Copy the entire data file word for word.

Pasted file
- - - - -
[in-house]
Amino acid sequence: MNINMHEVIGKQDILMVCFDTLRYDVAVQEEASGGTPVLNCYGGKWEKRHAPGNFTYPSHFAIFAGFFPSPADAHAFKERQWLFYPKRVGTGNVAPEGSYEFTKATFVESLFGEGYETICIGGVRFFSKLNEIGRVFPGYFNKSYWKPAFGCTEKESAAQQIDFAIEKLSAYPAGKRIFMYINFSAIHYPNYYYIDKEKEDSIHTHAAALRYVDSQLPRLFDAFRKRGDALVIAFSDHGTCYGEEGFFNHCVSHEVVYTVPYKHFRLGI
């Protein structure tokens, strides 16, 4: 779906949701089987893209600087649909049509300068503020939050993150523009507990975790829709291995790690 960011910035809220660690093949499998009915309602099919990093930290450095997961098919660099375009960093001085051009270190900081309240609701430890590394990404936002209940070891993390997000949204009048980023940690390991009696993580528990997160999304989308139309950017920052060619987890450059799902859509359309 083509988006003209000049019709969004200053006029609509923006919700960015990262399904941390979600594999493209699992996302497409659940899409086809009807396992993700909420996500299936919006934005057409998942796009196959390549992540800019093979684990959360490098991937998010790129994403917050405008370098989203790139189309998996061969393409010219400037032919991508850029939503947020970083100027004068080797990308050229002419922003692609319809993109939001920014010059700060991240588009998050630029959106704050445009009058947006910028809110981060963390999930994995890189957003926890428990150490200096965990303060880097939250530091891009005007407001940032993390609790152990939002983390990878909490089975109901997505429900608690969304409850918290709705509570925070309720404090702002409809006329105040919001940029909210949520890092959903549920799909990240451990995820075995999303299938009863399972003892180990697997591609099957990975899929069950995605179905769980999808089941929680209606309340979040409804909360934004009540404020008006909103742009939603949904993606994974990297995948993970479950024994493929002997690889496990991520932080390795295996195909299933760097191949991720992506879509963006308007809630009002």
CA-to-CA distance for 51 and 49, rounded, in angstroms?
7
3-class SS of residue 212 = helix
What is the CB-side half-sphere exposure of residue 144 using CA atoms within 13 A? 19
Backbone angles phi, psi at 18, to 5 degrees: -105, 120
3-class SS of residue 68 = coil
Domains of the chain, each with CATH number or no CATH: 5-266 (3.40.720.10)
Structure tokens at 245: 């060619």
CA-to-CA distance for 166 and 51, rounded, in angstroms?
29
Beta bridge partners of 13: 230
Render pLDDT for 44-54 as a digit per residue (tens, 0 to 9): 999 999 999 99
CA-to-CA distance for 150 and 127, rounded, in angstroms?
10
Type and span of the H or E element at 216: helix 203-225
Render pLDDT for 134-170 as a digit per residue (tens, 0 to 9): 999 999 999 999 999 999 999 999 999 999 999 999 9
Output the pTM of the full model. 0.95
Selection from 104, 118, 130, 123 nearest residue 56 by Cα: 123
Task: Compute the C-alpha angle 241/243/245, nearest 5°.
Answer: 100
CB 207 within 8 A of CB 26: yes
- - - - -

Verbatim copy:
[in-house]
Amino acid sequence: MNINMHEVIGKQDILMVCFDTLRYDVAVQEEASGGTPVLNCYGGKWEKRHAPGNFTYPSHFAIFAGFFPSPADAHAFKERQWLFYPKRVGTGNVAPEGSYEFTKATFVESLFGEGYETICIGGVRFFSKLNEIGRVFPGYFNKSYWKPAFGCTEKESAAQQIDFAIEKLSAYPAGKRIFMYINFSAIHYPNYYYIDKEKEDSIHTHAAALRYVDSQLPRLFDAFRKRGDALVIAFSDHGTCYGEEGFFNHCVSHEVVYTVPYKHFRLGI
């Protein structure tokens, strides 16, 4: 779906949701089987893209600087649909049509300068503020939050993150523009507990975790829709291995790690 960011910035809220660690093949499998009915309602099919990093930290450095997961098919660099375009960093001085051009270190900081309240609701430890590394990404936002209940070891993390997000949204009048980023940690390991009696993580528990997160999304989308139309950017920052060619987890450059799902859509359309 083509988006003209000049019709969004200053006029609509923006919700960015990262399904941390979600594999493209699992996302497409659940899409086809009807396992993700909420996500299936919006934005057409998942796009196959390549992540800019093979684990959360490098991937998010790129994403917050405008370098989203790139189309998996061969393409010219400037032919991508850029939503947020970083100027004068080797990308050229002419922003692609319809993109939001920014010059700060991240588009998050630029959106704050445009009058947006910028809110981060963390999930994995890189957003926890428990150490200096965990303060880097939250530091891009005007407001940032993390609790152990939002983390990878909490089975109901997505429900608690969304409850918290709705509570925070309720404090702002409809006329105040919001940029909210949520890092959903549920799909990240451990995820075995999303299938009863399972003892180990697997591609099957990975899929069950995605179905769980999808089941929680209606309340979040409804909360934004009540404020008006909103742009939603949904993606994974990297995948993970479950024994493929002997690889496990991520932080390795295996195909299933760097191949991720992506879509963006308007809630009002």
CA-to-CA distance for 51 and 49, rounded, in angstroms?
7
3-class SS of residue 212 = helix
What is the CB-side half-sphere exposure of residue 144 using CA atoms within 13 A? 19
Backbone angles phi, psi at 18, to 5 degrees: -105, 120
3-class SS of residue 68 = coil
Domains of the chain, each with CATH number or no CATH: 5-266 (3.40.720.10)
Structure tokens at 245: 């060619």
CA-to-CA distance for 166 and 51, rounded, in angstroms?
29
Beta bridge partners of 13: 230
Render pLDDT for 44-54 as a digit per residue (tens, 0 to 9): 999 999 999 99
CA-to-CA distance for 150 and 127, rounded, in angstroms?
10
Type and span of the H or E element at 216: helix 203-225
Render pLDDT for 134-170 as a digit per residue (tens, 0 to 9): 999 999 999 999 999 999 999 999 999 999 999 999 9
Output the pTM of the full model. 0.95
Selection from 104, 118, 130, 123 nearest residue 56 by Cα: 123
Task: Compute the C-alpha angle 241/243/245, nearest 5°.
Answer: 100
CB 207 within 8 A of CB 26: yes